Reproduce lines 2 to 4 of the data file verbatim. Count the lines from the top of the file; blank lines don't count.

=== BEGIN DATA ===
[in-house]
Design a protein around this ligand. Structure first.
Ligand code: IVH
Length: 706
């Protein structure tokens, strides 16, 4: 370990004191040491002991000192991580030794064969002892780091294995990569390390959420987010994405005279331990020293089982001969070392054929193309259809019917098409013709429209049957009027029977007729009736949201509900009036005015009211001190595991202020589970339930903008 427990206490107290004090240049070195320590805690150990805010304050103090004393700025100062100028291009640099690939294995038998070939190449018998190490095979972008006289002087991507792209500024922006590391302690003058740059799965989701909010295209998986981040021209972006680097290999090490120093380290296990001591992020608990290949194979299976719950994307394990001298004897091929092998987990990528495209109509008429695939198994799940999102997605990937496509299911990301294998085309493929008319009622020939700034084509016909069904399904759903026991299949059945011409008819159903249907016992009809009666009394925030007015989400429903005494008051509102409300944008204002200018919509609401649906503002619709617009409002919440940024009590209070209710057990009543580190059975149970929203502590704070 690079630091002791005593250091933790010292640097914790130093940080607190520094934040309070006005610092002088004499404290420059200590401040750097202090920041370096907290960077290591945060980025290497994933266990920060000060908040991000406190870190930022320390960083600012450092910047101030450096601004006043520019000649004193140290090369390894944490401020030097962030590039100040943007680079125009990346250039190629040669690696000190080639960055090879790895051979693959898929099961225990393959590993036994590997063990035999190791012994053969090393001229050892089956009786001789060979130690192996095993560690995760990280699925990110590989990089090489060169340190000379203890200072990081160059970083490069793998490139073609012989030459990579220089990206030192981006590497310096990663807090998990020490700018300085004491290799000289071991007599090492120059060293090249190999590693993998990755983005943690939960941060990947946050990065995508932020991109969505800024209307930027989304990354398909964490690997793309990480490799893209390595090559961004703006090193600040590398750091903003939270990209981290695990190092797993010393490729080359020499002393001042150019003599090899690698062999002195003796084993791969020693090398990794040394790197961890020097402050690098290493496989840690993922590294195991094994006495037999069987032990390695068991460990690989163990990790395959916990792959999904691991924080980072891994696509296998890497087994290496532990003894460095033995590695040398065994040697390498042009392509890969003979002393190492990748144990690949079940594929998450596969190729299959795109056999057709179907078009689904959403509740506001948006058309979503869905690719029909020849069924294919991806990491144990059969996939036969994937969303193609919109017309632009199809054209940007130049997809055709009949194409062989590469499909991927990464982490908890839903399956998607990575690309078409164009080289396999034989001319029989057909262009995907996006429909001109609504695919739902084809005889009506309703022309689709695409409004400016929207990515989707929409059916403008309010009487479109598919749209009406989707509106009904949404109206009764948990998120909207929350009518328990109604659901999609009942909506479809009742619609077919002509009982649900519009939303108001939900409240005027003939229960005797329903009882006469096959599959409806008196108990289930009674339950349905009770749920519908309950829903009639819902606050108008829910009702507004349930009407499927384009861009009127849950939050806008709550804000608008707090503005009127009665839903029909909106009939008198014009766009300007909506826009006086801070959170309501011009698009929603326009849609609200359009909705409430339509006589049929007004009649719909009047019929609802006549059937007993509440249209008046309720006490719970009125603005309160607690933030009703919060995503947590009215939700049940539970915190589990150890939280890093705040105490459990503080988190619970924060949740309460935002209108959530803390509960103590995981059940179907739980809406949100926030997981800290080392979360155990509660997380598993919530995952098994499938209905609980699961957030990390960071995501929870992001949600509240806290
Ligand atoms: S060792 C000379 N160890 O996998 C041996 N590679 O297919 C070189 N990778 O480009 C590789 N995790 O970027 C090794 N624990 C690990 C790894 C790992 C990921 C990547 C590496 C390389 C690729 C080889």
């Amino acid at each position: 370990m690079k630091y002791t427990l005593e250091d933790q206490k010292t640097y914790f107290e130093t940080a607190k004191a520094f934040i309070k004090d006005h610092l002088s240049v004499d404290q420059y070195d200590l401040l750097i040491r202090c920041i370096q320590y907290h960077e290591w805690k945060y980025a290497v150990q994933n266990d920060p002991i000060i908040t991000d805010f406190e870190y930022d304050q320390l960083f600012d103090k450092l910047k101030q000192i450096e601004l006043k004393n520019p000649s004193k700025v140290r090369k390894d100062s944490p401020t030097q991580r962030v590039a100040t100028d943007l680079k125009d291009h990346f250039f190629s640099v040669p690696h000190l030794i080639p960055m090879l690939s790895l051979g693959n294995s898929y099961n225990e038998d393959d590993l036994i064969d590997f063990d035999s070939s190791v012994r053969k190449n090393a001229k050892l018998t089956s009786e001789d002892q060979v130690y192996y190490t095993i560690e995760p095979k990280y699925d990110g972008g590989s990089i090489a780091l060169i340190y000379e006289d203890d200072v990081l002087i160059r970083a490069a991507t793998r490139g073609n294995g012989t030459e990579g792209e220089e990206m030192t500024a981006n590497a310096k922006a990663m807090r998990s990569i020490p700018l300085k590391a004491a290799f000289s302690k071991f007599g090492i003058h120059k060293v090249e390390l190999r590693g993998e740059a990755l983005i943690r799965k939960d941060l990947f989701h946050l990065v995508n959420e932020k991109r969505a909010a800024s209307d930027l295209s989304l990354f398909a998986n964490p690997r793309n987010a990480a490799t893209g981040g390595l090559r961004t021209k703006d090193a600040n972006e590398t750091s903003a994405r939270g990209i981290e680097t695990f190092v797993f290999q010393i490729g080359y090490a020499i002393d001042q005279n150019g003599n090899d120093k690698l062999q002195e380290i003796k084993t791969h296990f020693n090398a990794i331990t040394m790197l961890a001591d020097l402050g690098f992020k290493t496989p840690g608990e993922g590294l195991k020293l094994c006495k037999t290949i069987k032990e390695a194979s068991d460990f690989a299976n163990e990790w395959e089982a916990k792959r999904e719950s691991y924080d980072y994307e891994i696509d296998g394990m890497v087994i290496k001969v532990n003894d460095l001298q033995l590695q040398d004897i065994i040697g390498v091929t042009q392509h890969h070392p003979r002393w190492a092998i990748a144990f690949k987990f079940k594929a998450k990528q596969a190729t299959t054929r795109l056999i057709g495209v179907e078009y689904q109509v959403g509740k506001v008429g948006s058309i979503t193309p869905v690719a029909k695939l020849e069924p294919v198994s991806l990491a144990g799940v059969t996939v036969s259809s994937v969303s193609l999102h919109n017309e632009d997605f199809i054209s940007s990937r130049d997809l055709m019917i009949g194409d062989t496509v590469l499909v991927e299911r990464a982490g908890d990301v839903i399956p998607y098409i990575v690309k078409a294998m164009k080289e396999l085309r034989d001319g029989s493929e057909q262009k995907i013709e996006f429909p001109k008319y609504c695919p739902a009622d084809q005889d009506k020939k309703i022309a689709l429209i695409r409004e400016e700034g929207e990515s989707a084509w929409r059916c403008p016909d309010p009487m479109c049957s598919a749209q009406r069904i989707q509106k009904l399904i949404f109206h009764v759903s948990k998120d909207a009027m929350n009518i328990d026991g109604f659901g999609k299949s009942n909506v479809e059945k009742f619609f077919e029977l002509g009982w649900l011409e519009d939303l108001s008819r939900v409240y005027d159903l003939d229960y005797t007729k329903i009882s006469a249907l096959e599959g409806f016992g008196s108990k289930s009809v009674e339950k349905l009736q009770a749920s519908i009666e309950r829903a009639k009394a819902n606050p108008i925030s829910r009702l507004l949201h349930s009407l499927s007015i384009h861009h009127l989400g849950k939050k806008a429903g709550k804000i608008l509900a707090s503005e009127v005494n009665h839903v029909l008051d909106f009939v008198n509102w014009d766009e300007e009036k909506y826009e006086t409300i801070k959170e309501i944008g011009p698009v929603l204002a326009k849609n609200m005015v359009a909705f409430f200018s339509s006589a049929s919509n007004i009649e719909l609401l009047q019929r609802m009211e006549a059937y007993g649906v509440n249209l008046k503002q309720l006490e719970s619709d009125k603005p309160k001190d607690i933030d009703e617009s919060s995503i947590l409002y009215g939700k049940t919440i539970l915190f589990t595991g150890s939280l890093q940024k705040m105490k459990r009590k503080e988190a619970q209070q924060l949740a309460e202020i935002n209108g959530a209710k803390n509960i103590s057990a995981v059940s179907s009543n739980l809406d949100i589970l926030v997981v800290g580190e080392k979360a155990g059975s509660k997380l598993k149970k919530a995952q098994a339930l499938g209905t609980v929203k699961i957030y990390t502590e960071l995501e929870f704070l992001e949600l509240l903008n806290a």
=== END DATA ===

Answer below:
Design a protein around this ligand. Structure first.
Ligand code: IVH
Length: 706